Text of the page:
Then Freya entered the most revered place—Valhalla, home of the brave and the best. They were all there, the most fantastic heroes, sleeping on beds of swan feathers under glass coffins and roofs covered with gold and gems. The din of the battle did not reach this quiet, secret place, hidden by a thousand spells and invisible to the eyes of the world. The goddess then approached Iridall, her favourite Einherjar, and laid a burned hand that must have been beautiful on the protective glass. Slowly, she took her breath and concentrated her magic, infusing the object with all her power so that it would release the formidable sleeping warrior. Freya’s immense knowledge and incredible sorcery were not enough; however—the spells cast centuries earlier on these places were the work of many deities and could not be undone by the work of just one, however important she might be.
Then Freya collapsed from fatigue and grief, falling onto that terrible glass that condemned a hero to eternal solitude. Gathering her strength, she nevertheless got up and admired Iridall one last time, peaceful in her sleep. A single silvery tear ran down her cheek and fell on the coffin, without even drawing the attention of the one who had shed it. Freya, still burned and with unsure legs after such an exercise in magic, stepped back to the doors and sealed them. She came to the surface and, seeing that the gods were now retreating into the trunk of Yggdrasil, grabbed the sword of a dead Ase and threw herself into the fray. She was never seen again.
No one could have predicted it but this tear, filled with the power of a fierce goddess, flowed slowly but surely through the glass. Slowly, year after year, it pierced through the layer to finally flow over the hero’s heart. Then it penetrated his clothes, his famous dragon scale armour, his white bear fur, and slipped over his heart. He woke with astonishingly wet eyes and a great sadness gripping his soul, and, in his right hand, a pearl that he had never seen, perfect beyond words.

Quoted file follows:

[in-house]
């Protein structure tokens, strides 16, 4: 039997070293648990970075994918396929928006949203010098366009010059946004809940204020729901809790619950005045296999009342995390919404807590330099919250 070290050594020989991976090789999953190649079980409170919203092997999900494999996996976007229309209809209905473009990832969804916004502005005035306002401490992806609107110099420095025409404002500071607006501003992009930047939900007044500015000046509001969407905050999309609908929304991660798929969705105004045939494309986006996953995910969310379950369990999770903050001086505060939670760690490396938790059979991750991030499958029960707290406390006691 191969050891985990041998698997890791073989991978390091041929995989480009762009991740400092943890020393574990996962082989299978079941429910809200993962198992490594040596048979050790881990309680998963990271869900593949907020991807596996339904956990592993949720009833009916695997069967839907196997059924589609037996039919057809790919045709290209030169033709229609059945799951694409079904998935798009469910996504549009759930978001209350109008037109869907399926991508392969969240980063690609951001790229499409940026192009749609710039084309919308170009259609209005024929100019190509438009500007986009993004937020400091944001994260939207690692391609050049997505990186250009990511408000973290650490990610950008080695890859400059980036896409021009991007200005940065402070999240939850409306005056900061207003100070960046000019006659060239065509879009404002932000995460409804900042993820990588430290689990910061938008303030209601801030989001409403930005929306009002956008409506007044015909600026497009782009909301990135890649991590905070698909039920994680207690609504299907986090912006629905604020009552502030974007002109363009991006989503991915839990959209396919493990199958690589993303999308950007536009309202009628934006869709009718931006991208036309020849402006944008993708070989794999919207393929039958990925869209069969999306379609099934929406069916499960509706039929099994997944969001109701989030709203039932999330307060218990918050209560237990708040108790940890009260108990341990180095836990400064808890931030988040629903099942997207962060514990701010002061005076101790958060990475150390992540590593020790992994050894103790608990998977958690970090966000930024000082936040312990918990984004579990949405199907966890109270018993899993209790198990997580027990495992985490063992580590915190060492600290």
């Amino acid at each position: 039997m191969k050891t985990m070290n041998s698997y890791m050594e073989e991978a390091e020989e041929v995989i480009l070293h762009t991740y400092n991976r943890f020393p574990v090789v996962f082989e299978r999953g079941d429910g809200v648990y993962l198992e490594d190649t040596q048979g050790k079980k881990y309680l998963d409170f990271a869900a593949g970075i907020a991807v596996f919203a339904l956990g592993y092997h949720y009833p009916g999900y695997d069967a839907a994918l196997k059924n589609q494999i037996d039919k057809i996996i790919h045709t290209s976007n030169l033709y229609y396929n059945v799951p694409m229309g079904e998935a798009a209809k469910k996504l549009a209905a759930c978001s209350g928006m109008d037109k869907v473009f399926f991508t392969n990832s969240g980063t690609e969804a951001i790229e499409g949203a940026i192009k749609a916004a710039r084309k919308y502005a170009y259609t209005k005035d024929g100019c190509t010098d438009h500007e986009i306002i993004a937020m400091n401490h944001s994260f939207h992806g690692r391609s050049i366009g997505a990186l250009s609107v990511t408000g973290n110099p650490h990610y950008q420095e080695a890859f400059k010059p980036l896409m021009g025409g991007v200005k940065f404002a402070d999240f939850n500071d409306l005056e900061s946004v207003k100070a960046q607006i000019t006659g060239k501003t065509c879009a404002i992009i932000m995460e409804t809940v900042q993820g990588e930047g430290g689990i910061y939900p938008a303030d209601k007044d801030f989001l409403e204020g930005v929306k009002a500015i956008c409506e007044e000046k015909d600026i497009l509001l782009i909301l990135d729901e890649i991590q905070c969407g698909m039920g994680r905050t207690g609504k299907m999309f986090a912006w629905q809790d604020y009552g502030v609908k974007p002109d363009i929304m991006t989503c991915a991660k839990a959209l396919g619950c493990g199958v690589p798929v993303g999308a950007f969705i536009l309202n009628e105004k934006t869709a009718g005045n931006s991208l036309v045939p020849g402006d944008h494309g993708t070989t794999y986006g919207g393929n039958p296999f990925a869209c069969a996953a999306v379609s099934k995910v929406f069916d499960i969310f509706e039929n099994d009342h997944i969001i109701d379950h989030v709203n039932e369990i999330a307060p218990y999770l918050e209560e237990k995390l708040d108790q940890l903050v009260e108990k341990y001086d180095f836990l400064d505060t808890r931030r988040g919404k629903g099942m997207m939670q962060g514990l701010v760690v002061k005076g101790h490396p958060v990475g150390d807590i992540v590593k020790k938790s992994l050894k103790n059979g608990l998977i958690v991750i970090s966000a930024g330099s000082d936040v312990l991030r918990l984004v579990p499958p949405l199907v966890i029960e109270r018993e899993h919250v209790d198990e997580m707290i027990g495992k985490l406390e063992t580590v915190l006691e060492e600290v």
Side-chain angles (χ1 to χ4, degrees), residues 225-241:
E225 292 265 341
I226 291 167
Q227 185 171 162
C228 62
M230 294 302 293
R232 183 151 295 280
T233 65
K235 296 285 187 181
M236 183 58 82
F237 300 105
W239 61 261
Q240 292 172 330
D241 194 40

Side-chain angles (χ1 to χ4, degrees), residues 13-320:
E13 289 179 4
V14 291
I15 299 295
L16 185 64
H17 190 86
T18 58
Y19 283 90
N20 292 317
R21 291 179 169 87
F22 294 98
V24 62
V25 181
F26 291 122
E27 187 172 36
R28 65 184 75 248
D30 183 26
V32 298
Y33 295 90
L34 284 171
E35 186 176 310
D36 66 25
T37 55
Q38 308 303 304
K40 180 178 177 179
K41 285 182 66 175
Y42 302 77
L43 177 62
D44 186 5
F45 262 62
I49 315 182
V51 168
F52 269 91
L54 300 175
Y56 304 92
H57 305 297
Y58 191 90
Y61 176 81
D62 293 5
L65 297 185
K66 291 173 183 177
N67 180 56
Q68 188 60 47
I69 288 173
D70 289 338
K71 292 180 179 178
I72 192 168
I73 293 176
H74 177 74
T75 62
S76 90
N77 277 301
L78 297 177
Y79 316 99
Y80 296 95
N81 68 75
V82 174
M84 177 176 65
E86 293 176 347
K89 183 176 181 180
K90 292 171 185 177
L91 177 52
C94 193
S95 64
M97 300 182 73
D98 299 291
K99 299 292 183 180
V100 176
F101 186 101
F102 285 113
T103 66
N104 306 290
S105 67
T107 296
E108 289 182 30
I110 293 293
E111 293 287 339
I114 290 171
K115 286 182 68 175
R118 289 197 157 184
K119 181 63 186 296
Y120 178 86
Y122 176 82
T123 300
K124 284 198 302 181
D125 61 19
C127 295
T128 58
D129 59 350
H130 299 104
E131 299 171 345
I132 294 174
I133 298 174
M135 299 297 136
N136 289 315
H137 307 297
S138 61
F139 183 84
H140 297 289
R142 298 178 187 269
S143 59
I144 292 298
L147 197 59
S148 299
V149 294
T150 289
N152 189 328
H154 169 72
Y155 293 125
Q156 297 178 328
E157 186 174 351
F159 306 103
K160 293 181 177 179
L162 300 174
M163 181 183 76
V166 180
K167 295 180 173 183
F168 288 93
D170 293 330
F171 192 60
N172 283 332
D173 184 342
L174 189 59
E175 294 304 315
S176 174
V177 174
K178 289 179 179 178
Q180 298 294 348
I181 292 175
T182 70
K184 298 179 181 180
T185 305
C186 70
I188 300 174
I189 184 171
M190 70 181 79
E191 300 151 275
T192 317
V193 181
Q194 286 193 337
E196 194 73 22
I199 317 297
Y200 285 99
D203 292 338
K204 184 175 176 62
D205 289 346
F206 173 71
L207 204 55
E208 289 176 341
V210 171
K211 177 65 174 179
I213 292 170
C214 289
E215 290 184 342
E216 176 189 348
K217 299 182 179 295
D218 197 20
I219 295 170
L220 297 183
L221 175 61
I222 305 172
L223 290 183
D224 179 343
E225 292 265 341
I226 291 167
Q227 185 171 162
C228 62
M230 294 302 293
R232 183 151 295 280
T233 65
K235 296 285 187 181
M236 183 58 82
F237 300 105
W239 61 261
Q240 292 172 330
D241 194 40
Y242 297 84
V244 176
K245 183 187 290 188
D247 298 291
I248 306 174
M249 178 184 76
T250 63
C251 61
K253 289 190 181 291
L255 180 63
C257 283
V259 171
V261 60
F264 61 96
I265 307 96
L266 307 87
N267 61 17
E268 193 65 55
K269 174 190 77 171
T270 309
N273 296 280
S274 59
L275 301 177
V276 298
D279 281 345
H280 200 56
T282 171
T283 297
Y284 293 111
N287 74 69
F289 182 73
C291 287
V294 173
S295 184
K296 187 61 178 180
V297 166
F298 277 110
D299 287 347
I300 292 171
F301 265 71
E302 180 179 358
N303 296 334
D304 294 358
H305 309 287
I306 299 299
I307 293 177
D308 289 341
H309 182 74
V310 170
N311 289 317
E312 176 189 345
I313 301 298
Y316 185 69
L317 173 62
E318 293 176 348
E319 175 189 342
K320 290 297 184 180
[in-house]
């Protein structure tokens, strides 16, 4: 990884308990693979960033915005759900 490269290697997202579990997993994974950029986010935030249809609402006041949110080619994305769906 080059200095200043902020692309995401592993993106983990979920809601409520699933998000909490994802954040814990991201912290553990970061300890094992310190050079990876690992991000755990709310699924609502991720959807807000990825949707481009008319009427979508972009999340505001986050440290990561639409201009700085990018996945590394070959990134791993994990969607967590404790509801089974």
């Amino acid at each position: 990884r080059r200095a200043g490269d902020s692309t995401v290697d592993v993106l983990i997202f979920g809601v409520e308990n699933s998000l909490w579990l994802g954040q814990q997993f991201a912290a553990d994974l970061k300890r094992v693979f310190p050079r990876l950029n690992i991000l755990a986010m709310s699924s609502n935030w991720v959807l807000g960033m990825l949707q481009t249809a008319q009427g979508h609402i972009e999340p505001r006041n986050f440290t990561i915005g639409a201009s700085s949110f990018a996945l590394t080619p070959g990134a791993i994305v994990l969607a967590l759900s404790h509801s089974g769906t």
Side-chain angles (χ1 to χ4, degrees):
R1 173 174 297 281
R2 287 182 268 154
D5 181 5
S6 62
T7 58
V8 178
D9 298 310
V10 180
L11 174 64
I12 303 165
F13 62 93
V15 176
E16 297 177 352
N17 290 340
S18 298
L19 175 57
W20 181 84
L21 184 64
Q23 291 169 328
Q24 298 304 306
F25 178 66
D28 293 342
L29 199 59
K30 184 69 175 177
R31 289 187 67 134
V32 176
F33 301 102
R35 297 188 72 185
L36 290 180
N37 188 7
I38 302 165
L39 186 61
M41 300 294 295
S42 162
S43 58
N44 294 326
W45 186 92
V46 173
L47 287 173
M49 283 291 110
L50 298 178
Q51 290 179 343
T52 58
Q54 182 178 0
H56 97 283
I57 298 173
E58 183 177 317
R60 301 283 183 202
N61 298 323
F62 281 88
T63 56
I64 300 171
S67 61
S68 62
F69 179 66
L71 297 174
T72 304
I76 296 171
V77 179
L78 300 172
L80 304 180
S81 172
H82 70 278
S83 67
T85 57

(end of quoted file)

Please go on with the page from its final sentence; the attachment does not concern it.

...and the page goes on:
“Pretty song, but it won’t pay what you owe! “
Angry at being interrupted in his epic singing by a fat and vulgar voice, Irnalf looked up at the track, followed by Ornac, who was also very unhappy that his entertainment was being spoiled. In front of them, a few meters away, a score of Nordic men in bad fur clothes held the road, weapons of bone and steel out of the scabbard. Recognising the symbols of their clan was not very difficult—the Jötmet clan, looters too poor to go to sea and who were content to survive inland by snatching their possessions from the few travellers. Both by instinct and by training, the huskarls formed a wall of shields in front of the elks, their long shields planted in the ground like a wall.